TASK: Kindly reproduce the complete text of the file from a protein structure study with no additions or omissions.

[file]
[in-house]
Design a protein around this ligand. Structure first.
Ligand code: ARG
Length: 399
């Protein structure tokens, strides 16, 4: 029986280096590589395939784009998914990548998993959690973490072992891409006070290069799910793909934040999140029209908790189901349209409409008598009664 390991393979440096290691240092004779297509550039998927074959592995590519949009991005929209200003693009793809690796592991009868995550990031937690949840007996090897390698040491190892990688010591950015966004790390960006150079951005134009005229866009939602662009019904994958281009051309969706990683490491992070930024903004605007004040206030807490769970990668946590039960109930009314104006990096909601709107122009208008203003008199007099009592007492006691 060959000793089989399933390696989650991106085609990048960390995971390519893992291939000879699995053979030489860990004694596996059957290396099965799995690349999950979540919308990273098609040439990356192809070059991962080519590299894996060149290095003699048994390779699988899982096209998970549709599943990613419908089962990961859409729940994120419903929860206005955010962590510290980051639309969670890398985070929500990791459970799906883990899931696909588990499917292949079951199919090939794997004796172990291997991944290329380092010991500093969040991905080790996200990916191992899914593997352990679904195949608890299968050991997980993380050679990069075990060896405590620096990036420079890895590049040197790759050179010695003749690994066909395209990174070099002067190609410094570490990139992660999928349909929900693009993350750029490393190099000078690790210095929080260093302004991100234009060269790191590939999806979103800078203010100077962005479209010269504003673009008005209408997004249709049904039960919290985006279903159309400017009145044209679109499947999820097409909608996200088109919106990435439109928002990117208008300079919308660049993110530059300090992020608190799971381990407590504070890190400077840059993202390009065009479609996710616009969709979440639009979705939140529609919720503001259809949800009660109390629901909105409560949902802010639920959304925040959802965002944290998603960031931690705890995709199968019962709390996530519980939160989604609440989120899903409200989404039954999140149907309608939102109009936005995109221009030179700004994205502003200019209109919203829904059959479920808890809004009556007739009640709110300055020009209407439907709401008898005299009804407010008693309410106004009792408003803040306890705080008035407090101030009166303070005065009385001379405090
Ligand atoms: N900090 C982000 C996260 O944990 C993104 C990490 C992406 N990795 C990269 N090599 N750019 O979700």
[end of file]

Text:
[in-house]
Design a protein around this ligand. Structure first.
Ligand code: ARG
Length: 399
């Protein structure tokens, strides 16, 4: 029986280096590589395939784009998914990548998993959690973490072992891409006070290069799910793909934040999140029209908790189901349209409409008598009664 390991393979440096290691240092004779297509550039998927074959592995590519949009991005929209200003693009793809690796592991009868995550990031937690949840007996090897390698040491190892990688010591950015966004790390960006150079951005134009005229866009939602662009019904994958281009051309969706990683490491992070930024903004605007004040206030807490769970990668946590039960109930009314104006990096909601709107122009208008203003008199007099009592007492006691 060959000793089989399933390696989650991106085609990048960390995971390519893992291939000879699995053979030489860990004694596996059957290396099965799995690349999950979540919308990273098609040439990356192809070059991962080519590299894996060149290095003699048994390779699988899982096209998970549709599943990613419908089962990961859409729940994120419903929860206005955010962590510290980051639309969670890398985070929500990791459970799906883990899931696909588990499917292949079951199919090939794997004796172990291997991944290329380092010991500093969040991905080790996200990916191992899914593997352990679904195949608890299968050991997980993380050679990069075990060896405590620096990036420079890895590049040197790759050179010695003749690994066909395209990174070099002067190609410094570490990139992660999928349909929900693009993350750029490393190099000078690790210095929080260093302004991100234009060269790191590939999806979103800078203010100077962005479209010269504003673009008005209408997004249709049904039960919290985006279903159309400017009145044209679109499947999820097409909608996200088109919106990435439109928002990117208008300079919308660049993110530059300090992020608190799971381990407590504070890190400077840059993202390009065009479609996710616009969709979440639009979705939140529609919720503001259809949800009660109390629901909105409560949902802010639920959304925040959802965002944290998603960031931690705890995709199968019962709390996530519980939160989604609440989120899903409200989404039954999140149907309608939102109009936005995109221009030179700004994205502003200019209109919203829904059959479920808890809004009556007739009640709110300055020009209407439907709401008898005299009804407010008693309410106004009792408003803040306890705080008035407090101030009166303070005065009385001379405090
Ligand atoms: N900090 C982000 C996260 O944990 C993104 C990490 C992406 N990795 C990269 N090599 N750019 O979700």